CHARLESTON, W.Va. (AP) — A law prohibiting abortions 20 weeks after conception took effect Tuesday in West Virginia, despite Gov. Earl Ray Tomblin twice vetoing the ban over concerns that a court could strike it down.
Amid the Democratic governor's worries over constitutionality, the state's Republican Attorney General Patrick Morrisey has vowed to defend the ban against potential legal action.
It's unclear if, or when, that kind of challenge might surface.
Jennifer Meinig, executive director of the American Civil Liberties Union of West Virginia, said a lawsuit can be brought by an individual woman or a doctor on behalf of patients.
In 2011, the last year with data available, there were only six abortions after 20 weeks in West Virginia, according to the U.S. Centers for Disease Control and Prevention.
The ACLU has called the ban unconstitutional. But the group cannot discuss potential litigation, Meinig said Tuesday.
The Republican Legislature passed the ban overwhelmingly this year. Democratic leadership cleared a similar bill last year. Both times, Tomblin used his veto pen, though he still reaffirmed his anti-abortion record after both decisions.
In March, lawmakers easily overrode the governor's veto to cement the ban into law.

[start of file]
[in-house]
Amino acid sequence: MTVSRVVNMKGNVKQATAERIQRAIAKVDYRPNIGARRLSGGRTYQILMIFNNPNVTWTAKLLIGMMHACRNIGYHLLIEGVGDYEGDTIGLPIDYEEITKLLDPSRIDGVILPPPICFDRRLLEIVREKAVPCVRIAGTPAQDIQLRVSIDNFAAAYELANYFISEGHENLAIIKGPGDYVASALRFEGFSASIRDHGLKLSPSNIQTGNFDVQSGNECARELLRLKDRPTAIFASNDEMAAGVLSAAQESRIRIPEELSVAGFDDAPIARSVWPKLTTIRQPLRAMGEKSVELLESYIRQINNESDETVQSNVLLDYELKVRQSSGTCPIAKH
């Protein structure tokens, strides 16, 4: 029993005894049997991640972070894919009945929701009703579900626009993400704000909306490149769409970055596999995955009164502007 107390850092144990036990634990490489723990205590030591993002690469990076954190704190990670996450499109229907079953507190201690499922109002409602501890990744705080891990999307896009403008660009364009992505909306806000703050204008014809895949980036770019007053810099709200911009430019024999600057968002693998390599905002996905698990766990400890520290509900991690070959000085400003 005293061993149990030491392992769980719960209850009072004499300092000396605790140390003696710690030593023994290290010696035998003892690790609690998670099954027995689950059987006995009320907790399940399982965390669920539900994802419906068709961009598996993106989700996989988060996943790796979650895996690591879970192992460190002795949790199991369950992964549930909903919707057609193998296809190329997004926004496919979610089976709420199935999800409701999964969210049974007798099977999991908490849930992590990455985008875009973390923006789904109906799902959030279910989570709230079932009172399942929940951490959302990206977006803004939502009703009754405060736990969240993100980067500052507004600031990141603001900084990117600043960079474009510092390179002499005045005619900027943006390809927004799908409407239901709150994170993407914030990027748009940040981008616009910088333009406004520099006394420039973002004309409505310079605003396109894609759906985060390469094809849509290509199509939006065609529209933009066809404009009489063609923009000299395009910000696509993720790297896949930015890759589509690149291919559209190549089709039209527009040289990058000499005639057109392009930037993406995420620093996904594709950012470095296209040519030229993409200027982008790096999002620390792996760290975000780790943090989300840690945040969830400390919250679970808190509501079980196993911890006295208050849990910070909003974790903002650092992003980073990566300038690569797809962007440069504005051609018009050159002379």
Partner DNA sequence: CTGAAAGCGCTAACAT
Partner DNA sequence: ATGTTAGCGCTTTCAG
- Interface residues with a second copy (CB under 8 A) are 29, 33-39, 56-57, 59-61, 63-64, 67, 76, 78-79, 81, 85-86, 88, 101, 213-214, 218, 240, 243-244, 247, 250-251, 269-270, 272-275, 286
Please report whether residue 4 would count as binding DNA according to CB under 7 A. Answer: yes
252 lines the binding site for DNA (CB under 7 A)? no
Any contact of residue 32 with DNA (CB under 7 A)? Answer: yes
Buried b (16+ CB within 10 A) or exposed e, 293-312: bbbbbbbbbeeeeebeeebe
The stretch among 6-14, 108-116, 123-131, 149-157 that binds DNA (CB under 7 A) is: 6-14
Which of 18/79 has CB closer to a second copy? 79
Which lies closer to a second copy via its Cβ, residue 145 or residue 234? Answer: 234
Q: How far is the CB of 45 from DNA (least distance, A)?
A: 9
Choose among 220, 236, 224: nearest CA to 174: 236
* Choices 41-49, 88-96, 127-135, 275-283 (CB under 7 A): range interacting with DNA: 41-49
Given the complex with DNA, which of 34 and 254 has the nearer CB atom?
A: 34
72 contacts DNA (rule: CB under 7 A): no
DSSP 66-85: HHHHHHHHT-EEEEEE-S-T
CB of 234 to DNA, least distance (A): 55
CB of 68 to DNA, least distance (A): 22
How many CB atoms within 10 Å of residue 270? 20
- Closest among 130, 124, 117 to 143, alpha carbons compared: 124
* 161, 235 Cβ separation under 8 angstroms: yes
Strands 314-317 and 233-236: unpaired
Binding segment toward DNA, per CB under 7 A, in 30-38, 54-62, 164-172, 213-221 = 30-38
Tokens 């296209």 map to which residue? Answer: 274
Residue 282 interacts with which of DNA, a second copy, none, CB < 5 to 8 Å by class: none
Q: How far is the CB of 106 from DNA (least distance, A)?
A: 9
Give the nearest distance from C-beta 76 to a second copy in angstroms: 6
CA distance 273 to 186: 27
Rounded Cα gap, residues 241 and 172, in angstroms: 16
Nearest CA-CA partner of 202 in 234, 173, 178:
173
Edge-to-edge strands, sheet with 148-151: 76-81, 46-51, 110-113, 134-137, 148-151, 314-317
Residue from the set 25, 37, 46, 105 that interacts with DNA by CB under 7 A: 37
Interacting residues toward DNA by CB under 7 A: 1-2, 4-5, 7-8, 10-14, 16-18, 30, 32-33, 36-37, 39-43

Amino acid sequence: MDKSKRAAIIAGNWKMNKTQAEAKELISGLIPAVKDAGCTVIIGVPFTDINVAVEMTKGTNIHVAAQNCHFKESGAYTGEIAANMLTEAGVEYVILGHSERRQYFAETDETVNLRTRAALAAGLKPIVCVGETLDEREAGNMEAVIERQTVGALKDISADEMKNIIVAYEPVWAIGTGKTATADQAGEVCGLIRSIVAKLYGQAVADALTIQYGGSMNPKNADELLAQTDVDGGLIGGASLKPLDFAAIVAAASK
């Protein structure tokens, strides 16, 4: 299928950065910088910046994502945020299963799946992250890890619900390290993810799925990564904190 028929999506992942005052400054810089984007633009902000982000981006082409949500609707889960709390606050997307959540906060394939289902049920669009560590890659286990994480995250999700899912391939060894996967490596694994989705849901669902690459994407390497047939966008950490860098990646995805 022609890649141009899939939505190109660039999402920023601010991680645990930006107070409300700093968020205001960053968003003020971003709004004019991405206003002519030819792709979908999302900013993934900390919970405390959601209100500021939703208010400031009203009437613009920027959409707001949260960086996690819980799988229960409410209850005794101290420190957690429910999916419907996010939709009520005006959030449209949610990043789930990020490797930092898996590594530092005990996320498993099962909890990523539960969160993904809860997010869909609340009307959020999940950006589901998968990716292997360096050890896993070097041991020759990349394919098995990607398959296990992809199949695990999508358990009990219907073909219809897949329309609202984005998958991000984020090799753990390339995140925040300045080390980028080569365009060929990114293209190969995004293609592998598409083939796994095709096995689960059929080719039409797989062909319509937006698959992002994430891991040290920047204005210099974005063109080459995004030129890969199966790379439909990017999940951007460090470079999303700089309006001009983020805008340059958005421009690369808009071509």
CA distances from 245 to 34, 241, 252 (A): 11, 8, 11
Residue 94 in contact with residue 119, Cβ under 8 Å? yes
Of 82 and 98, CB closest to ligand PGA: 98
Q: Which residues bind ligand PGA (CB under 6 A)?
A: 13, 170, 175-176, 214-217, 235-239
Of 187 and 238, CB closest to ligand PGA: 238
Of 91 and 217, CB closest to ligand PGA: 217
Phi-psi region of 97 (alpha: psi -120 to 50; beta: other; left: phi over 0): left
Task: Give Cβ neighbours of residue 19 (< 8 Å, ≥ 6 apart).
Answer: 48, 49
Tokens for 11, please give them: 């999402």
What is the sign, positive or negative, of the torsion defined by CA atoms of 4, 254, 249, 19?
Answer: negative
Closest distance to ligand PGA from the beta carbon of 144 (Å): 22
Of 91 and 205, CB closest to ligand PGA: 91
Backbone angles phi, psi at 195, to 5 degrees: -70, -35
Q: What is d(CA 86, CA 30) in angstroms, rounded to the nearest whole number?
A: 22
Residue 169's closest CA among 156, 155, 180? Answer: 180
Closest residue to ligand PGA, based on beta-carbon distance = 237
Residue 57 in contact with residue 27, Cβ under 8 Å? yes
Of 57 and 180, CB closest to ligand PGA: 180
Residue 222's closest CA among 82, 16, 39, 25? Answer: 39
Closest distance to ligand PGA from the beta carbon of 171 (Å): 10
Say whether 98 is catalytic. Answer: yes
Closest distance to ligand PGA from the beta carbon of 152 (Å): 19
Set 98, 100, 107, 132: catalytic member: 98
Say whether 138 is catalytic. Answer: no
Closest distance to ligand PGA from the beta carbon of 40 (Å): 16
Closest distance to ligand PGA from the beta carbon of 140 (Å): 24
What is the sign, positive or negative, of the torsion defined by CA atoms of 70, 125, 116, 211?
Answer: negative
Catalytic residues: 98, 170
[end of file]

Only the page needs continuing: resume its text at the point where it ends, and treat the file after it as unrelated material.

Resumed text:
The new law provides some exemptions for women in medical emergencies, but not in cases of rape or incest.
Abortions would still be prohibited when women have psychological conditions that could lead them to hurt or kill themselves.
Even for abortions that would be exempted, the bill requires doctors to terminate pregnancies in a way that gives "the best opportunity for the fetus to survive," unless the process would kill or irreparably harm the mother.
Doctors and other medical workers who perform banned abortions could face discipline from a medical board, and potentially lose their licenses. Women who get abortions wouldn't be punished.
The bill is based on the assertion that fetuses can feel pain at 20 weeks, which is disputed in medical research.
Proponents have cited moral grounds. Opponents say it's unconstitutional and intrusive into doctor-patient relationships.
Both bills resemble a law struck down in Arizona in 2013 that the U.S. Supreme Court later decided not to reconsider.
Eleven states have some version of a 20-week ban, according to the abortion rights nonprofit Guttmacher Institute.
WV FREE, which advocates for abortion rights, says it will focus on access to care as the law takes effect. That could mean providing financial assistance or helping women travel out of state, said Margaret Chapman Pomponio, the group's executive director.